Obviously, this ties Burke to metaphysical claims (much tho he would disavow the word) about a moral order in the universe, and makes his reliance on religion and tradition more than mere obscurantism.

Wednesday, March 11, 2009

Perhaps he should've stopped to think who he *was*, first

Political Wire:
Sen. David Vitter (R-LA) made quite a scene at Washington's Dulles airport last week when trying to catch a flight home, reports Roll Call.

The Louisiana senator arrived at his gate to find it already closed and then "opened the door, setting off a security alarm and prompting an airline worker to warn him that entering the gate was forbidden." Vitter "gave the airline worker an earful, employing the timeworn 'do-you-know-who-I-am' tirade that apparently grew quite heated."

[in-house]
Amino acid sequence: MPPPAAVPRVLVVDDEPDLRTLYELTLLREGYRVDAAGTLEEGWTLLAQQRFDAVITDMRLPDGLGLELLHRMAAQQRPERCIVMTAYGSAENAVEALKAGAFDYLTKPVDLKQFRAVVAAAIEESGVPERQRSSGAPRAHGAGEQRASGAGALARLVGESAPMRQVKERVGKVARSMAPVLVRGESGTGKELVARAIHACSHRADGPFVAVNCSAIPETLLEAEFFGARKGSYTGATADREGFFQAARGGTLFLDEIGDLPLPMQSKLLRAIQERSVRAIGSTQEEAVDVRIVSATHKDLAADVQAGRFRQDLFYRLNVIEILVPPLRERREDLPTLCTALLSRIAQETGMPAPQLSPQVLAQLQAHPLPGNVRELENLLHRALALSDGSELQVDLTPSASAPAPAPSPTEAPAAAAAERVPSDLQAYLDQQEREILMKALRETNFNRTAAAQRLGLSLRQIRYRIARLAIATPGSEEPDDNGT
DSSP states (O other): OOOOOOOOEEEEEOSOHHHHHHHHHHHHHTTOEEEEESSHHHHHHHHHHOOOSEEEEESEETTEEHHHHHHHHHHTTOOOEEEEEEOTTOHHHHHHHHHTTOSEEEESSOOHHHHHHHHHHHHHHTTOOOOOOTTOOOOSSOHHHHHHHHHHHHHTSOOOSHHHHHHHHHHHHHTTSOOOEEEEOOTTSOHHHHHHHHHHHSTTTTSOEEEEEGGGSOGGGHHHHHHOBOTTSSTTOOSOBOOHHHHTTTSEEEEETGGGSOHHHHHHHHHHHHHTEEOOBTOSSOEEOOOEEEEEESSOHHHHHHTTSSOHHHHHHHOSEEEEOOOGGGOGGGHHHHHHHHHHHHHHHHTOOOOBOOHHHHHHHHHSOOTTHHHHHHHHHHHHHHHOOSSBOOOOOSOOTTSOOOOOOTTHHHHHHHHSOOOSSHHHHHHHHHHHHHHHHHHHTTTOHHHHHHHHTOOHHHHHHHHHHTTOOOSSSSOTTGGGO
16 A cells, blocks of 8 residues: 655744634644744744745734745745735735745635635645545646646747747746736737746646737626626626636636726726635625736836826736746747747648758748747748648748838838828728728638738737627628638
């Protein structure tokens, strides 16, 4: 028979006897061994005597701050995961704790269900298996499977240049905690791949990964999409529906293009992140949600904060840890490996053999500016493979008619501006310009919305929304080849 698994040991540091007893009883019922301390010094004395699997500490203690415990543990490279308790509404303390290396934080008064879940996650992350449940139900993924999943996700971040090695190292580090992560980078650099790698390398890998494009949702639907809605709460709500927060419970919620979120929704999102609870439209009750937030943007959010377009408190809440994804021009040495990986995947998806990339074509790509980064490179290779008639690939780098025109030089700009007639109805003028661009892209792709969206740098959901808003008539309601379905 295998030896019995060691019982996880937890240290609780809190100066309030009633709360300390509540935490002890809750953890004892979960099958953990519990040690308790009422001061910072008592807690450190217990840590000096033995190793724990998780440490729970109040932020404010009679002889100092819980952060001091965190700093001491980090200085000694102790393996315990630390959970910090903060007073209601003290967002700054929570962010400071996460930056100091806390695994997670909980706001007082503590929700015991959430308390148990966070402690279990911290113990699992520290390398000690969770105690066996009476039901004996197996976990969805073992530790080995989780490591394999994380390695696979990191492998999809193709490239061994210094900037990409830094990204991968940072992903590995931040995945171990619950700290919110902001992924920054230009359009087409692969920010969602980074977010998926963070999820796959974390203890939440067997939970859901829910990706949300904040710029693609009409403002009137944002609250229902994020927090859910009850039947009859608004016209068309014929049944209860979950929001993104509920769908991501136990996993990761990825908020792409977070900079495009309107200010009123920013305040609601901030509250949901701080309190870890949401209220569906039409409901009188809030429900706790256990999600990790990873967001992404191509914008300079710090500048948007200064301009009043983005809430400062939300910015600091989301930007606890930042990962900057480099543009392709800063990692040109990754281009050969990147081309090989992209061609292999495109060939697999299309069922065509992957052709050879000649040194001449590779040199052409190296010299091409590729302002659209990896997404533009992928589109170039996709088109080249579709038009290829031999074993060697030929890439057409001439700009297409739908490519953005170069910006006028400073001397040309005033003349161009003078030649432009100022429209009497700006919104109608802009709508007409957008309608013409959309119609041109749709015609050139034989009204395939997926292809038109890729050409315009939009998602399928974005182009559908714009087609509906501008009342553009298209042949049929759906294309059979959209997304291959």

Man, what a missed opportunity:
"Do you know who I am?"

"Sure, you're the senator who slept with all those hookers."
A once-in-a-lifetime opportunity? But given Vitter's ego, someone else may get the same opening before too long.

Just as we nowadays live by our capacity to forget